Now that I've had a chance to experiment more, I'm over the moon with this rod's performance envelope. Trying to find its limits, I've cast lines from a 6wt DT through to a 12wt Rio Outbound Short (OBS) and it hasn't missed a beat with any line so far.
I could comfortably and accurately cast the 6wt DT line just 10' or carry the whole line and punch out a 100' cast. The "self-loading" of the 'glass blank helped a lot with those short casts. The only thing stopping me using it as a 6wt rod is the mass of the rod itself: otherwise, it has similar characteristics to a production 6wt graphite rod (a little too stiff for the line weight and probably (?) not much fun fighting the type of fish one would normally seek with a 6wt).
Running an 8wt line over it was a revelation. Until today, I thought the only gap in my rod line-up was in the 7-8wt range (I have plenty of 4-6wt and rods upwards of 10wt). This rod works as well as an 8wt as it does as a 10wt, so I'll now stop looking for the rod to fill that niche. This is the one.
As a 10wt (its designed line weight) it is simply perfect for my style of fishing. A long-time user of graphite rods would find it too slow and might struggle to adjust their cast stroke, but any 'glass enthusiast would feel at home casting it. There is a lot of power in reserve, and I am able to carry at least half a Rio Saltwater Tropical 10wt line and shoot the rest, punching out enough line to make the backing knot draw tight. Of course, short casts to 10' are no problem with a 10wt line either ….
Casting a 12wt Rio OBS is easily possible too, although I only use this line on short casts with very heavy flies. The Rio OBS is known to be quite a heavy line, being about 2 line designations heavier than a true 12wt line due to its short head length. I haven't pushed this rod/line combo to any extreme distance, but laying out casts to 60' with a 6" weighted squid fly from the kayak was effortless. (I don't doubt that a WF 12wt line with a more conventional profile - longer head, longer front and rear tapers - would be quite easy to cast with this rod.)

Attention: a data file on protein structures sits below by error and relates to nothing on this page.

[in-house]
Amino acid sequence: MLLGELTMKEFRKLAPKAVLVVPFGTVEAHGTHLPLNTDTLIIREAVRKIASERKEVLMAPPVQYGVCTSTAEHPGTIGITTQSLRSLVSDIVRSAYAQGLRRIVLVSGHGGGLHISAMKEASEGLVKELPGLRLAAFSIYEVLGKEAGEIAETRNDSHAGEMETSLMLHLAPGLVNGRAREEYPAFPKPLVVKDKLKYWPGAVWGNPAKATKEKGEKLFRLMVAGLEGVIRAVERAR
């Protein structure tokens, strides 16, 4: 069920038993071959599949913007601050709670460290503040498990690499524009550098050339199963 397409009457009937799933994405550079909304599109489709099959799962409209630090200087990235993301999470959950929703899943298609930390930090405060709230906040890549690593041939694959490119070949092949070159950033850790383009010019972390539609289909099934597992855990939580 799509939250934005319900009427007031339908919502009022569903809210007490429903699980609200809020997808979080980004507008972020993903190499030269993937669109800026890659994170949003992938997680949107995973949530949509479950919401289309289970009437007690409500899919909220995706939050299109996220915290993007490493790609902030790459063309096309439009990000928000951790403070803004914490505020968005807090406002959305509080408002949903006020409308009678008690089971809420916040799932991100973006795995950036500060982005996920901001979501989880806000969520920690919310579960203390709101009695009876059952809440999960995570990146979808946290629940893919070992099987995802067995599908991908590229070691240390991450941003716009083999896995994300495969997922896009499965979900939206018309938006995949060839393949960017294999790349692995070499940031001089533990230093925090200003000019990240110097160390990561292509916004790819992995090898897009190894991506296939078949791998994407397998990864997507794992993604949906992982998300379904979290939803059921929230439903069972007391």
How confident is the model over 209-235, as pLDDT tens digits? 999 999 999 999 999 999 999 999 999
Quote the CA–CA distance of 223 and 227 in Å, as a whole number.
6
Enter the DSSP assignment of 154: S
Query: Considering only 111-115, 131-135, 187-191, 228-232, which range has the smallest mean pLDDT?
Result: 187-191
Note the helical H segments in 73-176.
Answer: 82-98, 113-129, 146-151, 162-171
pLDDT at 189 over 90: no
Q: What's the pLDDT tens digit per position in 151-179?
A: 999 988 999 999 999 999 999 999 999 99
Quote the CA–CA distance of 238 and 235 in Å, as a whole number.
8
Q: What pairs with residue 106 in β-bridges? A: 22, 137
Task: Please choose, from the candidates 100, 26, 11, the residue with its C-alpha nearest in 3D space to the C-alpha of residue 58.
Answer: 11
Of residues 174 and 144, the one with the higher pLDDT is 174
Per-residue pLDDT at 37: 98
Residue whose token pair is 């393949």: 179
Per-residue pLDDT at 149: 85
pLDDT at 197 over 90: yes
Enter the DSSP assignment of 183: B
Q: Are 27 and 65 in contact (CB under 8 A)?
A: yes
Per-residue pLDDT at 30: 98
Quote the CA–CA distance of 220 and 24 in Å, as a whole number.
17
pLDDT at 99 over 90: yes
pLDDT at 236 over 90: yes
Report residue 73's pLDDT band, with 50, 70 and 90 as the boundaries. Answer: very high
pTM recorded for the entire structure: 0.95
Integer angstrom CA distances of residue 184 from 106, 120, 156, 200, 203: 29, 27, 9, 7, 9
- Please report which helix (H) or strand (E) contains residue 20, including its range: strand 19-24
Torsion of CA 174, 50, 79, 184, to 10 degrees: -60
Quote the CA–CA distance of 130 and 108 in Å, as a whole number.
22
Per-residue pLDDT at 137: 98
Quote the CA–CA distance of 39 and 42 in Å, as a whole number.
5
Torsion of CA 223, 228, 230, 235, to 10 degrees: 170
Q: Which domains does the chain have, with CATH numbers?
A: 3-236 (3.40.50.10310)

So I'm sort of left in a quandary now. If this single rod can be used for all my fishing from 6wt to 12wt, does it render all
my other rods redundant? Logically, I should buy two more of these blanks and have them rigged simultaneously to cover floating, intermediate and sinking options whilst on the water, or have one rigged for each 6wt, 8wt and 10wt fishing. If I ever went to Kiribati, I'd have one rigged with a 7wt line for bonefish and one rigged with a 10wt line for GTs. Or just take the one rod and swap lines as required by the targeted species.
If I had to be trapped on a tropical island with only one rod, this is the one I'd choose. (Choosing the line for it might be more difficult though!
If you are contemplating buying a heavy duty 'glass blank to build up, I heartily recommend picking up an Epic Bandit.